Khoshnan, Ali and Ko, Jan and Patterson, Paul H. (2002) Effects of intracellular expression of anti-huntingtin antibodies of various specificities on mutant huntingtin aggregation and toxicity. Proceedings of the National Academy of Sciences of the United States of America, 99 (2). pp. 1002-1007. ISSN 0027-8424 http://resolver.caltech.edu/CaltechAUTHORS:KHOpnas02
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We have generated eight mAbs (MW1-8) that bind the epitopes polyglutamine (polyQ), polyproline (polyP), or the C terminus of exon 1 in huntingtin (htt) protein. In the brains of Huntington's disease (HD) mouse models, the anti-polyQ mABs bind to various cytoplasmic compartments, whereas the anti-polyP and anti-C terminus mAbs bind nuclear inclusions containing htt. To use these mAbs as intracellular perturbation agents, we have cloned and expressed the antigen-binding domains of three of the mAbs as single-chain variable region fragment Abs (scFvs). In 293 cells cotransfected with htt exon 1 containing an expanded polyQ domain, MW1, MW2, and MW7 scFvs colocalize with htt exon 1. Moreover, these scFvs coimmunoprecipitate with htt exon 1 in cell extracts. In perturbation experiments, MW7 scFv, recognizing the polyP domains of htt, significantly inhibits aggregation as well as the cell death induced by mutant htt protein. In contrast, MW1 and MW2 scFvs, recognizing the polyQ stretch, stimulate htt aggregation and apoptosis. Therefore, these anti-htt scFvs can be used to investigate the role of the polyP and polyQ domains in HD pathogenesis, and antibody binding to the polyP domain has potential therapeutic value in HD.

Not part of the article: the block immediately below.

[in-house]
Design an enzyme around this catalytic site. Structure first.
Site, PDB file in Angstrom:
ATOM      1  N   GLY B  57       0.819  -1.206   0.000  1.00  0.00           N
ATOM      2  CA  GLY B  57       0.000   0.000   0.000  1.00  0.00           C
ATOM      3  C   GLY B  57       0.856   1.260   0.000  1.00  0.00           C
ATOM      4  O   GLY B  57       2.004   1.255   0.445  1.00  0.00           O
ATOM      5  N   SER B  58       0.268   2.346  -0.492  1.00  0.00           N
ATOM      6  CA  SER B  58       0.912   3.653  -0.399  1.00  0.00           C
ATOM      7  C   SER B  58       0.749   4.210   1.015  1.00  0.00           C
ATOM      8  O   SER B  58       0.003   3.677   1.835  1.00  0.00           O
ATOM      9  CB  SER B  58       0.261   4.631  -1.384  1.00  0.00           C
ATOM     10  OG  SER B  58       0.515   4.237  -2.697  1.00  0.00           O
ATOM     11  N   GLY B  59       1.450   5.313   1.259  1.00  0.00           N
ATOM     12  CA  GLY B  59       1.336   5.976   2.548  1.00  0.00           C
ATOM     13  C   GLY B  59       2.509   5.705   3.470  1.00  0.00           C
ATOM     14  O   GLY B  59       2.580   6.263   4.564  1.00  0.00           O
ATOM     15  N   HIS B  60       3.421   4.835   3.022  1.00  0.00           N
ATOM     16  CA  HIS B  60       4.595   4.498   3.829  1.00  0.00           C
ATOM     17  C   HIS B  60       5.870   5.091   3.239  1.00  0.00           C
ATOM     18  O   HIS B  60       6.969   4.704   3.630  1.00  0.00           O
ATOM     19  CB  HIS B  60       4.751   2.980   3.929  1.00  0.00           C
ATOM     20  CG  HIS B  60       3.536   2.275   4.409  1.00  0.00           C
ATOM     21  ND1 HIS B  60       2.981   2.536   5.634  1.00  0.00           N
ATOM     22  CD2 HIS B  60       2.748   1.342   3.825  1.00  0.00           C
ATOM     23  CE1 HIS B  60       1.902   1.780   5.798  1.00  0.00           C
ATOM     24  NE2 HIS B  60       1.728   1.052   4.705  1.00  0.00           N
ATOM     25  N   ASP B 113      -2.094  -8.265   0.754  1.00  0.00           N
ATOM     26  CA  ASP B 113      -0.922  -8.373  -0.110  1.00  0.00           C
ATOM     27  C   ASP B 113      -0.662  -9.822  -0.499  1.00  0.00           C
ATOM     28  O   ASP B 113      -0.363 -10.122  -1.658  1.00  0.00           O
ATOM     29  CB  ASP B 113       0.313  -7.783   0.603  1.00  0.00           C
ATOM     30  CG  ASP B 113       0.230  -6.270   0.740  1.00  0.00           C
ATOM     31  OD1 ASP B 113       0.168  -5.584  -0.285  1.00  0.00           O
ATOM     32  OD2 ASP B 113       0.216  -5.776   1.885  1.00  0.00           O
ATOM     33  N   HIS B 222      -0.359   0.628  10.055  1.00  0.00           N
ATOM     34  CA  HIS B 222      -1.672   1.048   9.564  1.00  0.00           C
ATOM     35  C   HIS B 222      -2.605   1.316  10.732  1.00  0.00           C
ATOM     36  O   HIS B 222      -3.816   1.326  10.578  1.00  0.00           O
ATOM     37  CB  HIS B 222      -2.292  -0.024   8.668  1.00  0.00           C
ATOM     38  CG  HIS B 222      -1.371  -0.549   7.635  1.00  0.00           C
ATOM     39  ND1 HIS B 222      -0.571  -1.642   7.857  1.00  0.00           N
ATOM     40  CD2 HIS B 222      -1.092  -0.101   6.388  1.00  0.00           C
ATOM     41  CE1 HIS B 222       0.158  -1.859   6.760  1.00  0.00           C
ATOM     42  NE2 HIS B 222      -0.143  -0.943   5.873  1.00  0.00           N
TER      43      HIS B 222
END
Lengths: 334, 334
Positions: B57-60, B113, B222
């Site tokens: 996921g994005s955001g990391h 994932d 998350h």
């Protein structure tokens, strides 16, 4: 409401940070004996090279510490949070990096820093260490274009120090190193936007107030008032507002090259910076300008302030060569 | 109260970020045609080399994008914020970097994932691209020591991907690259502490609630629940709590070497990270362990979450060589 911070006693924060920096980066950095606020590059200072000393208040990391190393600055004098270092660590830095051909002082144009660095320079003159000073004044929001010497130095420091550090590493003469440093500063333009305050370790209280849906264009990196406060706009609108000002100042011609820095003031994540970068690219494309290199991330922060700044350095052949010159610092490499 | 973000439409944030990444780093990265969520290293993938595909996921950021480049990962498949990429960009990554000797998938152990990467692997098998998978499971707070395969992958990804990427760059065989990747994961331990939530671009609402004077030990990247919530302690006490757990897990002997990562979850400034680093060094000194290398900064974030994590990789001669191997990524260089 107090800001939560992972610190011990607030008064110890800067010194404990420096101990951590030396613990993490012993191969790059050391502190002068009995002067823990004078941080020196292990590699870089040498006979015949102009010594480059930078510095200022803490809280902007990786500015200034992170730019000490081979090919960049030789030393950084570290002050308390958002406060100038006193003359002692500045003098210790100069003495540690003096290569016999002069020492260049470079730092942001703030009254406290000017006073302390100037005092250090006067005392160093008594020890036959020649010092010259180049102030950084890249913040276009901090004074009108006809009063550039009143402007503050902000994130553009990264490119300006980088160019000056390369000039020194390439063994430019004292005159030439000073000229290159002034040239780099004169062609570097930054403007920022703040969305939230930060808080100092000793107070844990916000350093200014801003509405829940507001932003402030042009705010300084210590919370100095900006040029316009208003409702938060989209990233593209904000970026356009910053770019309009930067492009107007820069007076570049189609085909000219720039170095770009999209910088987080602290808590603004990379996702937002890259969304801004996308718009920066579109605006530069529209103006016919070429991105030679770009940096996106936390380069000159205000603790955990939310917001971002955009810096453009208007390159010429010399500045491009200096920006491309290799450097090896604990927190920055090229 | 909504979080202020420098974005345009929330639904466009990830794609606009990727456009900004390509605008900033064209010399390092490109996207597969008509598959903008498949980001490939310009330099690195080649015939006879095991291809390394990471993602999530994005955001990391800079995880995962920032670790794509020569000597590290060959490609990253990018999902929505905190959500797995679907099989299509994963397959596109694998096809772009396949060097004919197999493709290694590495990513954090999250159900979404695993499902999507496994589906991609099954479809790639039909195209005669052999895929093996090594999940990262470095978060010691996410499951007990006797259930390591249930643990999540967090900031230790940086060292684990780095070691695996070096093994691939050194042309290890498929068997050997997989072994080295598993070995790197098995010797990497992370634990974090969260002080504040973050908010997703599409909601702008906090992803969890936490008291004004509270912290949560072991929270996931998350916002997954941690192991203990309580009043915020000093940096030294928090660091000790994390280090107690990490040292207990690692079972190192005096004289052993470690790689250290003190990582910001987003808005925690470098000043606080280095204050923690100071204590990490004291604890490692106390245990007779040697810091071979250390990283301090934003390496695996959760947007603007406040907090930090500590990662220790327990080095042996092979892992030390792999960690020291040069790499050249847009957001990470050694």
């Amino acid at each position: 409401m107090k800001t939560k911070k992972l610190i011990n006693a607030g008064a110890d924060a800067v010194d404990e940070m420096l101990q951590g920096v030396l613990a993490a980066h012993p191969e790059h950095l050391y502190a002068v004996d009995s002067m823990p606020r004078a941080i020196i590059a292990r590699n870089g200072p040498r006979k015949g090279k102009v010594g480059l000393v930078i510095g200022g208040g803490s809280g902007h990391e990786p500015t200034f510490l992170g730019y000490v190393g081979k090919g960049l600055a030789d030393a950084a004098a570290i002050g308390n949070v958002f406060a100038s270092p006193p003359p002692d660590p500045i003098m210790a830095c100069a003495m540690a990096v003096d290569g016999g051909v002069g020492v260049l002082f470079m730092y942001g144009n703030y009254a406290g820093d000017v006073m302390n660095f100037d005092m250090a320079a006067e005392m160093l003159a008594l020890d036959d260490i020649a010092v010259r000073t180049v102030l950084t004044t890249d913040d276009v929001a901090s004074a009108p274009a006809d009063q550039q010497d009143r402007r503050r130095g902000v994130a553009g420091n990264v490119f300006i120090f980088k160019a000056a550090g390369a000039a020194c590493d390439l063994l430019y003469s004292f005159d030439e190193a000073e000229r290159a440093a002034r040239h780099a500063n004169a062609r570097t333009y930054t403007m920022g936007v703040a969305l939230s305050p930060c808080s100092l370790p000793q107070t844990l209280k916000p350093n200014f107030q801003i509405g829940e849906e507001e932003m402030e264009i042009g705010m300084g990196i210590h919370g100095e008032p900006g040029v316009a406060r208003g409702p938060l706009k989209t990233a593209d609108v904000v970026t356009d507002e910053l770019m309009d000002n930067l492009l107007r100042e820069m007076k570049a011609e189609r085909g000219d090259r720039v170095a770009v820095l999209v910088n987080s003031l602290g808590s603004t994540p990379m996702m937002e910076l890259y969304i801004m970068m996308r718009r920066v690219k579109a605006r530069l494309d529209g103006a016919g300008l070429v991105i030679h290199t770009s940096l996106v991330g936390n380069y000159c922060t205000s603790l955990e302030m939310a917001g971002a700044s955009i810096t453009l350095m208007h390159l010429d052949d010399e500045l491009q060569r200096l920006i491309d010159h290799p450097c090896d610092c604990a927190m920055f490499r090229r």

|Additional Information:||Copyright © 2002 by the National Academy of Sciences. Communicated by Giuseppe Attardi, California Institute of Technology, Pasadena, CA, November 28, 2001 (received for review August 30, 2001). Published online before print January 15, 2002, 10.1073/pnas.022631799 We thank Vivian Hook, George Jackson, and George Lawless for generously providing antibodies and DNA constructs, and Doreen McDowell for administrative assistance. David Anderson provided camera and microscope access. Ethan Signer was an important source of information and facilitated obtaining reagents. The technical assistance of Sarah Teegarden and Melinda Owens is greatly appreciated. This work is supported by the Cure Huntington’s Disease Initiative of the Hereditary Disease Foundation. The publication costs of this article were defrayed in part by page charge payment. This article must therefore be hereby marked "advertisement" in accordance with 18 U.S.C. §1734 solely to indicate this fact.|
|Subject Keywords:||GLUTAMINE REPEATS, DISEASE, NEURODEGENERATION, TRANSCRIPTION, PATHOGENESIS, INCLUSIONS, INTERACTS, PROTEINS|
|Usage Policy:||No commercial reproduction, distribution, display or performance rights in this work are provided.|
|Deposited By:||Tony Diaz|
|Deposited On:||20 Dec 2005|
|Last Modified:||26 Dec 2012 08:42|
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